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Monday, September 05, 2005

Dinosaurs as giant feathered birds


Supposedly an adult Velociraptor footprint on left, accompanying baby footprint on right. The adulf print was about 25cm in length from heel to middle toe. I found these on a Navajo reservation on the rim of the Grand Canyon. This lady appears to have visited a similar location.

A new scientific theory on dinosaurs is getting mainstream coverage: they were physiologically closer to birds than lizards, and many may have been feathered rather than covered in a thick reptilian skin. I note someone has already updated the Wikipedia entry to suggest Velociraptor also had feathers. From memory a T.rex chest cavity was MRI'd a couple of years ago and the remnant signature of its heart and lung arrangement also resembled that of birds.

I'm often struck by the similarities between the ratite group birds (e.g. the moa and cassowary) and the smaller late Cretaceous theropods (two-legged carnivores). Clearly the dinosaurs did not become extinct at all, instead the Velociraptor-like species evolved into present day birds. But what happened to the other varieties of dinosaur?

A very bird-like sketch of Velociraptor with a more accurate skull shape (source).

However it's always important to consider the skeptics.

Posted by Antarctic Lemur | 9/05/2005 02:31:00 PM

8 Comments:

Anonymous tincanman said...

I heard this theory some ten years ago and it seemed (and still does) very credible. Laugh if you will, but one only needs to look a chicken in the eye to know there is something carnivorous lurking beneath that feathered fing.

9/05/2005 03:02:00 PM  
Blogger Antarctic Lemur said...

There are many skeptics. The main problem is lack of convincing fossils evidence for either scales or feathers.

Read the skeptics update I just added.

9/05/2005 03:07:00 PM  
Blogger ZenTiger said...

The skeptic argues a good case.

9/05/2005 03:25:00 PM  
Blogger Antarctic Lemur said...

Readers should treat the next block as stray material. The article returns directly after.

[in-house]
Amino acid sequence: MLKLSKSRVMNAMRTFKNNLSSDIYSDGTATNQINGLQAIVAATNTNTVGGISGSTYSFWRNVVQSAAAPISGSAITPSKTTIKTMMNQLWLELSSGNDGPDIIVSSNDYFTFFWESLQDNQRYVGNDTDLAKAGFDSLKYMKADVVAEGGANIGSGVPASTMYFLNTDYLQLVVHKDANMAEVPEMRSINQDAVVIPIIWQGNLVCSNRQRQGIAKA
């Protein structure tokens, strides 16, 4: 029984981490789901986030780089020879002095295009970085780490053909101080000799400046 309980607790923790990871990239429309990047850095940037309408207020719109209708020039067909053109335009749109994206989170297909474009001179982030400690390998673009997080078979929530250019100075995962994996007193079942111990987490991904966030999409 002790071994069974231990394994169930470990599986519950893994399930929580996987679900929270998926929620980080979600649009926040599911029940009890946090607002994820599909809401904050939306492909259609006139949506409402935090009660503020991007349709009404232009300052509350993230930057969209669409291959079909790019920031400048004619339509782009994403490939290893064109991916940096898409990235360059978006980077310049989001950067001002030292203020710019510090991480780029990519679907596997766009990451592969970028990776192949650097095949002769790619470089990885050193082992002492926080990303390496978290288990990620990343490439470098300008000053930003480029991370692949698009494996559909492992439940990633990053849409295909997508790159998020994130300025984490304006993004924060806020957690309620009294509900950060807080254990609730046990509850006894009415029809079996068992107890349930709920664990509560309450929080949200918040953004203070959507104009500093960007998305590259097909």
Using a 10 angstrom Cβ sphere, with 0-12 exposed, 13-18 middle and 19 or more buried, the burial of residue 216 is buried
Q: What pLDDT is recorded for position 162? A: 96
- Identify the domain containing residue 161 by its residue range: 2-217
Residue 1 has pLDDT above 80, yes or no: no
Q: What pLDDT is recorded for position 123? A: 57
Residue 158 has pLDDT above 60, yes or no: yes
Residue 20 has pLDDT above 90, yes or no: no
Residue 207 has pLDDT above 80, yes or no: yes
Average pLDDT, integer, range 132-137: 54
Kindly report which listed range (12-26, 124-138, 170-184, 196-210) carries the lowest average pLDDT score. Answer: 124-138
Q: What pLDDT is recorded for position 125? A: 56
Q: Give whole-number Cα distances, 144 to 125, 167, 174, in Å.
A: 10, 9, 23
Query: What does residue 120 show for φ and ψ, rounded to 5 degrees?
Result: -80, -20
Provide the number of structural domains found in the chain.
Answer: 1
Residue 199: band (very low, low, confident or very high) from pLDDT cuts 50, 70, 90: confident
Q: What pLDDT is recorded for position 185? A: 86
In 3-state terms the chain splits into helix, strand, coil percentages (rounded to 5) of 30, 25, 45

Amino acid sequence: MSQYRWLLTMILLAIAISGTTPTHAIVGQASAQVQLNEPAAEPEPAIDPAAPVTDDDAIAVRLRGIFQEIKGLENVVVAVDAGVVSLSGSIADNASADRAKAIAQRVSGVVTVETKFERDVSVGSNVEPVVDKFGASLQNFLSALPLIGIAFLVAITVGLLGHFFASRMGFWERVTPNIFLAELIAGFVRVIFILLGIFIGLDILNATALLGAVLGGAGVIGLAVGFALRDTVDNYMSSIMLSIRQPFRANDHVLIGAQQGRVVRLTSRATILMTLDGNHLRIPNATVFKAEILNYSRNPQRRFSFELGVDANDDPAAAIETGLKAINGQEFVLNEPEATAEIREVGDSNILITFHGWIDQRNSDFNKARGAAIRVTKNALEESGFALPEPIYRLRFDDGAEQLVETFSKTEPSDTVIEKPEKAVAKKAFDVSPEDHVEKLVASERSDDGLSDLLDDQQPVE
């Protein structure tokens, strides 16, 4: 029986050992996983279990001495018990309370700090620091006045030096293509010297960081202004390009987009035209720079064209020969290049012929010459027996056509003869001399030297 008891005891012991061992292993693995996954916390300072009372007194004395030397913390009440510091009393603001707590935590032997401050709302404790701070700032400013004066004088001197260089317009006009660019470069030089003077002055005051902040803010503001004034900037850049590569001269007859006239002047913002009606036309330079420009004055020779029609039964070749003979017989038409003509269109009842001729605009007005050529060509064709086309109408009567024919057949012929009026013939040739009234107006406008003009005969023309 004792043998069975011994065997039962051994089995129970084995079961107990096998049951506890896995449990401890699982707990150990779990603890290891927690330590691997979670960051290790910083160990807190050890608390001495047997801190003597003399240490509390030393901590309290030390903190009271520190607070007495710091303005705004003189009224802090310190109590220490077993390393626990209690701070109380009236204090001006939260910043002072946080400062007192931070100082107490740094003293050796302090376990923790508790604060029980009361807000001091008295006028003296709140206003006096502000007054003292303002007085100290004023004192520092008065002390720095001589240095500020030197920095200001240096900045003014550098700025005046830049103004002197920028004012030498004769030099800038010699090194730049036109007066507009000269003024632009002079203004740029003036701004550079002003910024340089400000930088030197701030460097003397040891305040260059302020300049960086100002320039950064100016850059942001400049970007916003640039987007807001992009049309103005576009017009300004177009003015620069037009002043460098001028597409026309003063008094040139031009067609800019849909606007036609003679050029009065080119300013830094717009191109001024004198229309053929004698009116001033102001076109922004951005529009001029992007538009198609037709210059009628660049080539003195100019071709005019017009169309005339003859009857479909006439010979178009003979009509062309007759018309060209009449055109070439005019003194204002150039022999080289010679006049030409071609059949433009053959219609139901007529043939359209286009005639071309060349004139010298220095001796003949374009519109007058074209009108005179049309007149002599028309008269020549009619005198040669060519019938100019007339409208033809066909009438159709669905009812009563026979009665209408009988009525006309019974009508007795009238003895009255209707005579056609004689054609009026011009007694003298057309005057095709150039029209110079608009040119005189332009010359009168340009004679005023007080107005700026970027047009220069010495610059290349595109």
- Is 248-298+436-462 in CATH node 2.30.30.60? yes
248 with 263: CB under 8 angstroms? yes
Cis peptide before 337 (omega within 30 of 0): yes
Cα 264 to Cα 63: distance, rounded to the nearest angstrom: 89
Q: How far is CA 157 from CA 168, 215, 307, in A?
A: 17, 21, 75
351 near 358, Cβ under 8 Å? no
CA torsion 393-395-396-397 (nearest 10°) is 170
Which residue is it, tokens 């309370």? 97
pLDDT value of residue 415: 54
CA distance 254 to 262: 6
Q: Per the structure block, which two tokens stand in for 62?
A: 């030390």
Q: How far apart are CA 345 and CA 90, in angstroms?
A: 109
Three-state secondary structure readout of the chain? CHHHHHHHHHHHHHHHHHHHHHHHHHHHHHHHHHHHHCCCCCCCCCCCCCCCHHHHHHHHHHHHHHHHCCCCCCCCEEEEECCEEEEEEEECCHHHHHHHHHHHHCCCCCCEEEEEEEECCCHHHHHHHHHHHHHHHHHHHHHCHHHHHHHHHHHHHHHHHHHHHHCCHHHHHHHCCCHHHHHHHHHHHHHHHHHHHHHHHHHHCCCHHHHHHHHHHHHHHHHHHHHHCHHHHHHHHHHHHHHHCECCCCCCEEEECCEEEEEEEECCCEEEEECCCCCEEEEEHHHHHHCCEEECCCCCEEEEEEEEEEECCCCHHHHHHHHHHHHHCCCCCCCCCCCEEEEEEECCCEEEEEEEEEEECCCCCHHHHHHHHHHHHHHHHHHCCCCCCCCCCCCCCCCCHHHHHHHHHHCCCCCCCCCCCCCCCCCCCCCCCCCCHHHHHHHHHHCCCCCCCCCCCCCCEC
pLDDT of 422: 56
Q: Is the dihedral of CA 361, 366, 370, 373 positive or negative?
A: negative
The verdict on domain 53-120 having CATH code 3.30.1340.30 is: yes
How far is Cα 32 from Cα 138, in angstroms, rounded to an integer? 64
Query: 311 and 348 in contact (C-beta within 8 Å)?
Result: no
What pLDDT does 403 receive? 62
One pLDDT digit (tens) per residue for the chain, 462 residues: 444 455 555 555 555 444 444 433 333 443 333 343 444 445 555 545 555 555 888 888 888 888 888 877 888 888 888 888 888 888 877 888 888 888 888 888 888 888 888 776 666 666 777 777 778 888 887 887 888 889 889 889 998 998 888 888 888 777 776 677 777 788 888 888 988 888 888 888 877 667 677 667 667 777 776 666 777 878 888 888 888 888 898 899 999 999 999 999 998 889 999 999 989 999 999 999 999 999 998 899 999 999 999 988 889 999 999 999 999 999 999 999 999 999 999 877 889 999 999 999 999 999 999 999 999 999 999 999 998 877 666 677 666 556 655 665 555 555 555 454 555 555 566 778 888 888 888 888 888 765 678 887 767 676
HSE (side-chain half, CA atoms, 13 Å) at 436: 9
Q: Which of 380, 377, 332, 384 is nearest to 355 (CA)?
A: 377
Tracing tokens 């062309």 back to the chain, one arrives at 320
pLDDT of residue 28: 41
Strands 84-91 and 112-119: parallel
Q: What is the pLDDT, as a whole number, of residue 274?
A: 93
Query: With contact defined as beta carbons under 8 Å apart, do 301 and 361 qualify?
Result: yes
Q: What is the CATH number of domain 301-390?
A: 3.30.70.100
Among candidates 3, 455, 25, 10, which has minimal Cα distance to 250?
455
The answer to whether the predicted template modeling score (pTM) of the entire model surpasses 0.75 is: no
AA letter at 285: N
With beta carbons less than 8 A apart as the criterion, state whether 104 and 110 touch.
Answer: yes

Not really - he's looking for logical problems from his standpoint, rather than providing a testable hypothesis usable by a paleontologist. He also sets up some false propositions for himself to deconstruct - for example no one is suggesting TRex's evolved downwards in size to chickens, yet you get that impression from reading his interview.

Most theropods were actually very small, and even Velociraptor specimens only range up to 90cm in height.

MRI and similar technology will help prove this, as we can now examine 3D blocks of rock containing fossils and discover the arrangement of internal organs before sediment (etc) infilled the body cavity. Birds have very distinctive cardio-respiratory systems.

9/05/2005 03:32:00 PM  
Blogger Berend de Boer said...

Skeptics? How about real skeptics:

The only evidence presented for the ‘feathered’ dinosaur, Velociraptor mongoliensus was a skull. The evolutionary just-so story beneath was amazing. ‘Velociraptor has not yet been found in the Liaoning deposits and its feathers are not preserved in the Mongolian and Chinese deposits where it occurs. However, because all its close relatives had feathers, it is most likely that Velociraptor did too.’

http://www.answersingenesis.org/home/area/chinesedinosaurs/featheredDinos.asp

Has a real feathered velociraptor been found?

9/05/2005 05:54:00 PM  
Blogger Antarctic Lemur said...

Actually many velociraptor (or similar) skeletons have been found. They use the same species name for examples found in Mongolia and central USA because the differences are minimal relative to differences between (for example) Velociraptor and Tyrannosaurus. Most paleontologists don't give a crap about the Internet and WWW so you'll never find information about them online unless you have access to scientific journal databases.

At the site near the Grand Canyon I found a spine newly eroding out of the strata (about 2m long), but I'm not sure what species it was. It was closer to the edge of the canyon, and most people avoided exploring by themselves so wouldn't come across it. Unfortunately my camera's batteries were flat by that stage.

9/05/2005 06:05:00 PM  
Blogger Antarctic Lemur said...

And yes, the feathers claim is a theory, which will be supported or disproved by evidence. Thats what science is about - making a hypothesis and testing it.

9/05/2005 06:07:00 PM  
Blogger Berend de Boer said...

True al, I just find it funny that people claim the beast had feathers after only finding a skull. Typical of the field. They find a bone, and it's a missing link.

9/05/2005 08:47:00 PM  

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